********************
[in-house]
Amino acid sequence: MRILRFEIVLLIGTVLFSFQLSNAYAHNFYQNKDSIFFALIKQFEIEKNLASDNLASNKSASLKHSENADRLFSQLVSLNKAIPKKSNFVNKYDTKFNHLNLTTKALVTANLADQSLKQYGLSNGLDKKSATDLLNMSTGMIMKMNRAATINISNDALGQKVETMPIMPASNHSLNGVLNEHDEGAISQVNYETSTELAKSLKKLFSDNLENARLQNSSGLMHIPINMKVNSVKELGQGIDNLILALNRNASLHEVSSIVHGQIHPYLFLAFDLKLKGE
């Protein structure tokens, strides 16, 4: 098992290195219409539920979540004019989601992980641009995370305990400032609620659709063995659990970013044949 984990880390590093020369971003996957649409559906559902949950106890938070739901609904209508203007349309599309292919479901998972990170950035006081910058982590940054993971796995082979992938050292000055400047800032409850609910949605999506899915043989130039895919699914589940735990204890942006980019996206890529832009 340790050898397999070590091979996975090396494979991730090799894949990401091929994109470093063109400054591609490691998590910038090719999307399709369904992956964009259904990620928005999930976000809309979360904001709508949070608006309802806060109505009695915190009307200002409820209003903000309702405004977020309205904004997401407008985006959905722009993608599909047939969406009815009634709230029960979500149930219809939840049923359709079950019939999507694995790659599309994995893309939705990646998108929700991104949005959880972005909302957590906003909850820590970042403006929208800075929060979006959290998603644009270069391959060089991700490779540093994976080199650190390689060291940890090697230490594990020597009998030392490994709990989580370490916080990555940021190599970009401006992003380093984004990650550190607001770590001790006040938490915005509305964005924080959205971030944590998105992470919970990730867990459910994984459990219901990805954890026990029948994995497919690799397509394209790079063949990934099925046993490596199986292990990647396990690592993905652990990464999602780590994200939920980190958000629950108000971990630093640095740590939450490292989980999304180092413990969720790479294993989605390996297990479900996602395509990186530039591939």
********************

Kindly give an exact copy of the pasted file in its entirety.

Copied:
[in-house]
Amino acid sequence: MRILRFEIVLLIGTVLFSFQLSNAYAHNFYQNKDSIFFALIKQFEIEKNLASDNLASNKSASLKHSENADRLFSQLVSLNKAIPKKSNFVNKYDTKFNHLNLTTKALVTANLADQSLKQYGLSNGLDKKSATDLLNMSTGMIMKMNRAATINISNDALGQKVETMPIMPASNHSLNGVLNEHDEGAISQVNYETSTELAKSLKKLFSDNLENARLQNSSGLMHIPINMKVNSVKELGQGIDNLILALNRNASLHEVSSIVHGQIHPYLFLAFDLKLKGE
């Protein structure tokens, strides 16, 4: 098992290195219409539920979540004019989601992980641009995370305990400032609620659709063995659990970013044949 984990880390590093020369971003996957649409559906559902949950106890938070739901609904209508203007349309599309292919479901998972990170950035006081910058982590940054993971796995082979992938050292000055400047800032409850609910949605999506899915043989130039895919699914589940735990204890942006980019996206890529832009 340790050898397999070590091979996975090396494979991730090799894949990401091929994109470093063109400054591609490691998590910038090719999307399709369904992956964009259904990620928005999930976000809309979360904001709508949070608006309802806060109505009695915190009307200002409820209003903000309702405004977020309205904004997401407008985006959905722009993608599909047939969406009815009634709230029960979500149930219809939840049923359709079950019939999507694995790659599309994995893309939705990646998108929700991104949005959880972005909302957590906003909850820590970042403006929208800075929060979006959290998603644009270069391959060089991700490779540093994976080199650190390689060291940890090697230490594990020597009998030392490994709990989580370490916080990555940021190599970009401006992003380093984004990650550190607001770590001790006040938490915005509305964005924080959205971030944590998105992470919970990730867990459910994984459990219901990805954890026990029948994995497919690799397509394209790079063949990934099925046993490596199986292990990647396990690592993905652990990464999602780590994200939920980190958000629950108000971990630093640095740590939450490292989980999304180092413990969720790479294993989605390996297990479900996602395509990186530039591939």